Ergotelis F.C.

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Full nameΓυμναστικός Σύλλογος «Ο Εργοτέλης» Ηρακλείου Κρήτης
Gymnastikós Sýllogos «Ó Ergotélis» Iraklíou Krítis
(Gymnastics Club «Ergotelis» Heraklion Crete)
Nickname(s)ĺ Kritikí (The Cretans)
ĺ Kitrinómavri (The Yellow-Blacks)
Founded7 August 1929; 93 years ago (1929-08-07)
as Athlitikí Énosis «Ó Ergotélis»
GroundPankritio Stadium
OwnerMaged Samy
PresidentMaged Samy
Head coachNikos Badimas
LeagueHeraklion FCA A1 Championship
2021–22Super League 2, 9th
WebsiteClub website
Current season

The Gymnastics Club «Ergotelis» Heraklion Crete (Greek: Γυμναστικός Σύλλογος «O Εργοτέλης» Ηρακλείου Κρήτης, Γ.Σ. Εργοτέλης), commonly known simply as Ergotelis (Greek: Εργοτέλης), is a Greek professional football club, department of the multi-sport club Gymnastics Club Ergotelis, which is based in Heraklion, Crete. It is the club's oldest and most successful department, officially established in 1929 and named after the famous ancient Cretan expatriate Olympic runner Ergoteles of Himera. The club currently competes in the Super League 2, the second tier of the Greek football league system, and hosts its home games at the Pankritio Stadium, the city's largest and most modern sports venue.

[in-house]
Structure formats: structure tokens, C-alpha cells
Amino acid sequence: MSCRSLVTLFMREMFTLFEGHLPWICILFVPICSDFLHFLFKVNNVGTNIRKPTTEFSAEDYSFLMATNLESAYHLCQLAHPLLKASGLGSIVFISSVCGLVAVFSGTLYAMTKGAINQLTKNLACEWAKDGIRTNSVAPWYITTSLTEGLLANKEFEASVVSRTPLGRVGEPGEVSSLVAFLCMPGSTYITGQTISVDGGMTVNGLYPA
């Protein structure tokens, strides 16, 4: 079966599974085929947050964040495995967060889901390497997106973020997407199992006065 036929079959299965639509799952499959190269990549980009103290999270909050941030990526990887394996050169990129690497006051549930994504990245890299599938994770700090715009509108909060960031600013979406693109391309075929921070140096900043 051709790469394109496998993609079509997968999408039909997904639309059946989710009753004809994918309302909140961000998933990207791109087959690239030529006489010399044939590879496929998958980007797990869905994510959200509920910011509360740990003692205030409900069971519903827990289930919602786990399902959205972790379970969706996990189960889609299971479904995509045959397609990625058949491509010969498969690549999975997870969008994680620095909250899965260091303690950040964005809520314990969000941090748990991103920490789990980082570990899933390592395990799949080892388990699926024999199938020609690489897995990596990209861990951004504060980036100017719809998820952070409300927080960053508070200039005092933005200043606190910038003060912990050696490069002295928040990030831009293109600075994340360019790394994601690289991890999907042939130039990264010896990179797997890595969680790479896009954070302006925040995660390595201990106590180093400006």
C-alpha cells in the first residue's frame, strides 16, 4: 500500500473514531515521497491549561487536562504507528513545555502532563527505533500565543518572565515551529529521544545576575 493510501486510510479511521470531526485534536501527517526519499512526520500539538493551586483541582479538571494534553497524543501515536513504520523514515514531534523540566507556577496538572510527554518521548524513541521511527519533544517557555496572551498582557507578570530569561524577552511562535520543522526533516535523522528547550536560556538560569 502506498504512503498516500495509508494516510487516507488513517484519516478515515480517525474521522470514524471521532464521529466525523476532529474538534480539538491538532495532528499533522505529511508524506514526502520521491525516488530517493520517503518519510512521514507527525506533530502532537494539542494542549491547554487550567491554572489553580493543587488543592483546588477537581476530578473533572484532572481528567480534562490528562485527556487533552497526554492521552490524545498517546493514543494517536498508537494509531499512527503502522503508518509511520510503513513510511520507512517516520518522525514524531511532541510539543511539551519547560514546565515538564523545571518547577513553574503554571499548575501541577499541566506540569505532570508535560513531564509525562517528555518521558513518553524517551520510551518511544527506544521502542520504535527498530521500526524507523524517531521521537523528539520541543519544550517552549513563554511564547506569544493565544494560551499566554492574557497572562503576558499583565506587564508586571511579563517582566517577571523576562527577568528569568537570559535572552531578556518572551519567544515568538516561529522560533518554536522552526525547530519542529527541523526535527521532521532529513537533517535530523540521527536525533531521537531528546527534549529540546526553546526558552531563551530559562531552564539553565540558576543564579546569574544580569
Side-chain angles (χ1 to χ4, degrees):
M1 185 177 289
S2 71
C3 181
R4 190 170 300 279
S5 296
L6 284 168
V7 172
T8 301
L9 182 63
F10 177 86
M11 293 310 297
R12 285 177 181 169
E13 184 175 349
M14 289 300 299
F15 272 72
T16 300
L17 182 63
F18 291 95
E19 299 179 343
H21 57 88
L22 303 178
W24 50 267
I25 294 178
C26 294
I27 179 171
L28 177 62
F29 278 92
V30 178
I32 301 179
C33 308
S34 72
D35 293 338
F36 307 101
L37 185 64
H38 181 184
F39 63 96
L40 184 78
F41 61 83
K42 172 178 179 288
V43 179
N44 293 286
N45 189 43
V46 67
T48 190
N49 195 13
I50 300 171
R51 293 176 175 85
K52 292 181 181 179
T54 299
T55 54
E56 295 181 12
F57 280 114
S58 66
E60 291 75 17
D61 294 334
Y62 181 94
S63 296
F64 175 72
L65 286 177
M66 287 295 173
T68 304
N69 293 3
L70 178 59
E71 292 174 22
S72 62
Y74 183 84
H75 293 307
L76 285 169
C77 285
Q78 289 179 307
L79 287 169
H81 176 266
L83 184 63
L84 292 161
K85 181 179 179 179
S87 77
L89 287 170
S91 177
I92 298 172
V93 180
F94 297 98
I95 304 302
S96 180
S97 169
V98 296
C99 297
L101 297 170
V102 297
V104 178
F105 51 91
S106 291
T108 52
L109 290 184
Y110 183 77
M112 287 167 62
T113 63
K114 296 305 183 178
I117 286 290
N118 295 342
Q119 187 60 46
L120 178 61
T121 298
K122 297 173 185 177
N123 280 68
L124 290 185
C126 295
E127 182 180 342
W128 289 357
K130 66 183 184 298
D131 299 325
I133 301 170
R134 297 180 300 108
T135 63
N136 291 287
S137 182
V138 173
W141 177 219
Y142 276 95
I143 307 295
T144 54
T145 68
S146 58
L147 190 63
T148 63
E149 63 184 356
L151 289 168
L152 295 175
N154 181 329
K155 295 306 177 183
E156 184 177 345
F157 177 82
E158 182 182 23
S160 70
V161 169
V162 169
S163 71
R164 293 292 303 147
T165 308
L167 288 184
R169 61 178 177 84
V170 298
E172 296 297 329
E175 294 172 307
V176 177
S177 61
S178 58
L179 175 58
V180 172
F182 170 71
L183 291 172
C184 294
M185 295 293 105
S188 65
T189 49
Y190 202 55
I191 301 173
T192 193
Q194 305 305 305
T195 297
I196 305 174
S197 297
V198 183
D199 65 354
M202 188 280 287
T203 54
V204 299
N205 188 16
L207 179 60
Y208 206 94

Ergotelis is one of the two Heraklion-based football clubs to have competed in the Greek Super League, the country's top-level football competition, having made a total of 9 appearances during 2004–2015. The club's best finish in the competition is 7th place during the 2013–14 season. It has also won the Beta Ethniki (second tier of the Greek football league system) once, in 2006, as well as the Greek Football Amateur Cup in 1983. Its traditional colors are yellow and black.

Despite finishing at 9th place during the 2021-22 Super League Greece 2, they were discharged from the professional championship, resulting in a two-level demotion to the local top-level amateur championship, FCA Heraklion A1.


Early years[edit]

Ergotelis was established as an amateur club of Cretan footballers in 1929 by prominent Heraklion citizens, mainly refugees from Asia Minor. The club's foundation, as well as its first ever recorded game, a friendly 4–0 win against local side Leon (Greek: Λέων) held at Chandax (Greek: Χάνδαξ) stadium on 4 August 1929, was reported onto local newspaper 'Eleythera Skepsis' (Greek: Ελευθέρα Σκέψις) on Wednesday, 7 August 1929.[1] Since its early days, Ergotelis showed the progressive ideals of its founders, being one of the first sports clubs in Greece to allow women into its sporting divisions, as well as its board of directors.[2][3] The club temporarily shut down in 1935, following the involvement of its leading executives in political movements of the time.[3] Ergotelis was re-established in 1937, developing a remarkable athletics department along with a strong football team, that went on to place 1st in the 1940 Heraklion Football Clubs Association Championship, which was never finished due to World War II.[3]